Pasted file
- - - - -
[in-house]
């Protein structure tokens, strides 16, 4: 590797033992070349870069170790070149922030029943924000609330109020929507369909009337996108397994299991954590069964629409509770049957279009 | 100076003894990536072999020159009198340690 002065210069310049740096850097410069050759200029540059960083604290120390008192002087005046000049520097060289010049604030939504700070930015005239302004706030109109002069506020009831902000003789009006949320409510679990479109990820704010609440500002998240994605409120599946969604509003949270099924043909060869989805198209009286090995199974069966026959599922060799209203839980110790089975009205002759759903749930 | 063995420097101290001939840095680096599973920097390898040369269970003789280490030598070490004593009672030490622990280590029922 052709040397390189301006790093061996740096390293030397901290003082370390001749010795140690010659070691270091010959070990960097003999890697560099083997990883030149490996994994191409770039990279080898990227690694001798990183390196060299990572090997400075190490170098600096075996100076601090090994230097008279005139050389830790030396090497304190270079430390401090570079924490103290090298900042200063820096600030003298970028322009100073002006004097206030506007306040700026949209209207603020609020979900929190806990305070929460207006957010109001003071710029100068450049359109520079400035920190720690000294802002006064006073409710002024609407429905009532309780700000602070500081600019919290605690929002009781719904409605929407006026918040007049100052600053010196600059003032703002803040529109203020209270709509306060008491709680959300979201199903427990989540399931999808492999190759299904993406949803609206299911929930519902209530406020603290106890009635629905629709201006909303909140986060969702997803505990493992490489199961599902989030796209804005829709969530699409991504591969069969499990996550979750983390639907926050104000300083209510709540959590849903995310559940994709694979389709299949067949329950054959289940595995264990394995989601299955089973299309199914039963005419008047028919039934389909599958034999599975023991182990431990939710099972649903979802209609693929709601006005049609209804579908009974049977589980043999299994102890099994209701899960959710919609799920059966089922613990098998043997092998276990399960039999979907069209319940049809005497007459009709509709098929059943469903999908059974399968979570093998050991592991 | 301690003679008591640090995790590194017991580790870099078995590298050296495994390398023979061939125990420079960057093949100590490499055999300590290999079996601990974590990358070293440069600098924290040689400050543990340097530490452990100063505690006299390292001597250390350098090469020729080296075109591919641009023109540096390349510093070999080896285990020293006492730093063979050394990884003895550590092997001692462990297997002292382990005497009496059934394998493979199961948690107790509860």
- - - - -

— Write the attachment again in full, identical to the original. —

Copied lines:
[in-house]
């Protein structure tokens, strides 16, 4: 590797033992070349870069170790070149922030029943924000609330109020929507369909009337996108397994299991954590069964629409509770049957279009 | 100076003894990536072999020159009198340690 002065210069310049740096850097410069050759200029540059960083604290120390008192002087005046000049520097060289010049604030939504700070930015005239302004706030109109002069506020009831902000003789009006949320409510679990479109990820704010609440500002998240994605409120599946969604509003949270099924043909060869989805198209009286090995199974069966026959599922060799209203839980110790089975009205002759759903749930 | 063995420097101290001939840095680096599973920097390898040369269970003789280490030598070490004593009672030490622990280590029922 052709040397390189301006790093061996740096390293030397901290003082370390001749010795140690010659070691270091010959070990960097003999890697560099083997990883030149490996994994191409770039990279080898990227690694001798990183390196060299990572090997400075190490170098600096075996100076601090090994230097008279005139050389830790030396090497304190270079430390401090570079924490103290090298900042200063820096600030003298970028322009100073002006004097206030506007306040700026949209209207603020609020979900929190806990305070929460207006957010109001003071710029100068450049359109520079400035920190720690000294802002006064006073409710002024609407429905009532309780700000602070500081600019919290605690929002009781719904409605929407006026918040007049100052600053010196600059003032703002803040529109203020209270709509306060008491709680959300979201199903427990989540399931999808492999190759299904993406949803609206299911929930519902209530406020603290106890009635629905629709201006909303909140986060969702997803505990493992490489199961599902989030796209804005829709969530699409991504591969069969499990996550979750983390639907926050104000300083209510709540959590849903995310559940994709694979389709299949067949329950054959289940595995264990394995989601299955089973299309199914039963005419008047028919039934389909599958034999599975023991182990431990939710099972649903979802209609693929709601006005049609209804579908009974049977589980043999299994102890099994209701899960959710919609799920059966089922613990098998043997092998276990399960039999979907069209319940049809005497007459009709509709098929059943469903999908059974399968979570093998050991592991 | 301690003679008591640090995790590194017991580790870099078995590298050296495994390398023979061939125990420079960057093949100590490499055999300590290999079996601990974590990358070293440069600098924290040689400050543990340097530490452990100063505690006299390292001597250390350098090469020729080296075109591919641009023109540096390349510093070999080896285990020293006492730093063979050394990884003895550590092997001692462990297997002292382990005497009496059934394998493979199961948690107790509860």